New Atrial Fibrillation Guidelines Offer Patient-centric Recommendations on Use of Newer Anticoagulant Agents

Changes to the recommended use of various medications and catheter ablations rank among the highlights of comprehensive new guidelines for the treatment of patients with atrial fibrillation.

Changes to the recommended use of various medications and catheter ablations rank among the highlights of comprehensive new guidelines for the treatment of patients with atrial fibrillation (AF).

The document — which was recently released by the American Heart Association (AHA), the American College of Cardiology (ACC) and the Heart Rhythm Society (HRS) — advocates a substantial role for oral anticoagulents that have been introduced and tested since 2006, when the last guidelines were released.

The older drug warfarin (Coumadin) is still recommended as a first-line therapy in many cases and for patients who have mechanical heart valves.

However, the newer medications dabigatran (Pradaxa), rivaroxaban (Xarelto), and apixaban (Eliquis) are advised for patients with nonvalvular AF who are unable to maintain a therapeutic INR level with warfarin.

The three newer drugs have not been tested head-to-head, so the new guidelines make no distinctions among them, but do offer a detailed look at the benefits and risks associated with each. All are recommended equally in the same situations.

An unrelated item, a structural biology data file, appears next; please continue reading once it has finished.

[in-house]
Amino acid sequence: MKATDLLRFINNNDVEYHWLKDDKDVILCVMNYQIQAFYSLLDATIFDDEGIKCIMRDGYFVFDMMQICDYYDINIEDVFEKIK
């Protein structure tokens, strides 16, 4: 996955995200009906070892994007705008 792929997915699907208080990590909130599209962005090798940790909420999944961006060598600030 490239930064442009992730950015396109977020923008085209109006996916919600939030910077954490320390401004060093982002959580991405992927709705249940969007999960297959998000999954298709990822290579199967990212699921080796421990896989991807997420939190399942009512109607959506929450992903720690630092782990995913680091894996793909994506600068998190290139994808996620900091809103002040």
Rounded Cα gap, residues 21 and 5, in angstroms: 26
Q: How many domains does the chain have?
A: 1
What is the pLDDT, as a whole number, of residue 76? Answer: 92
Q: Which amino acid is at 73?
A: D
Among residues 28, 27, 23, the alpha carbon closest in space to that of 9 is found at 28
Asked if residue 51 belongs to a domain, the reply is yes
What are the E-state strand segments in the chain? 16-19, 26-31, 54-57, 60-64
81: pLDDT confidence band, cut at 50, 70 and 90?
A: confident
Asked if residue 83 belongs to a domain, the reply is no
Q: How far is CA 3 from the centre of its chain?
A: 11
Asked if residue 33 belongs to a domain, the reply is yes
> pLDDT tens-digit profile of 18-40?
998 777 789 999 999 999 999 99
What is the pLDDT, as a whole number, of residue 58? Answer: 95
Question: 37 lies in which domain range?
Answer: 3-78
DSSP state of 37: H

"Because what we say in the guideline can affect how a drug is used, we were careful to be even-handed and evidence-based in presenting new drugs," said writing committee chairman Craig T. January, MD, PhD. "Our goal was to provide useful, non-biased information."

As for aspirin, which was recommended in previous guidelines for AF patients with a low risk of stroke, analysis of recent studies led the new guidelines to advocate a much-diminished role for the old standby.

“Data showing that aspirin decreases stroke risk is weak," said January, a professor of Medicine in the Division of Cardiovascular Medicine at the University of Wisconsin-Madison, a fellow of the ACC, and a member of the AHA and HRS.

Recent studies of catheter ablations have led to an expanded role in the new guidelines. The technique is now strongly encouraged to control heart rhythm in some patients who have failed to respond to at least 1 antiarrhythmic drug.

“The efficacy of radiofrequency catheter ablation for maintaining sinus rhythm is superior to current antiarrhythmic drug therapy for maintenance of sinus rhythm in selected patient populations,” the document reads.

“The evidence supporting the efficacy of catheter ablation is strongest for paroxysmal atrial fibrillation in younger patients with little to no structural heart disease and in procedures performed in highly experienced centers.”

In addition to altering treatment recommendations, the new guidelines have altered recommendations about evaluating the dangers patients face. The document advises doctors and patients to abandon (or augment) simple risk calculators for the CHA2DS2-VASc calculator, a tool that provides more information about thromboembolic hazards.

In all, the new documents runs more than 50 pages, organized into sections by topic. Recommendations from prior guidelines were updated or eliminated as new evidence demanded, while some entirely new recommendations were inserted.

Each recommendation is assigned a level of evidence, which estimates of certainty of treatment effect, the size of the treatment effect and the risk-benefit comparison.

“The goal is to have a document that is useful to the practicing physician and makes sense,” January said. “The writing committee worked diligently to ensure that the data, tables, and figures were clear and easy to use.”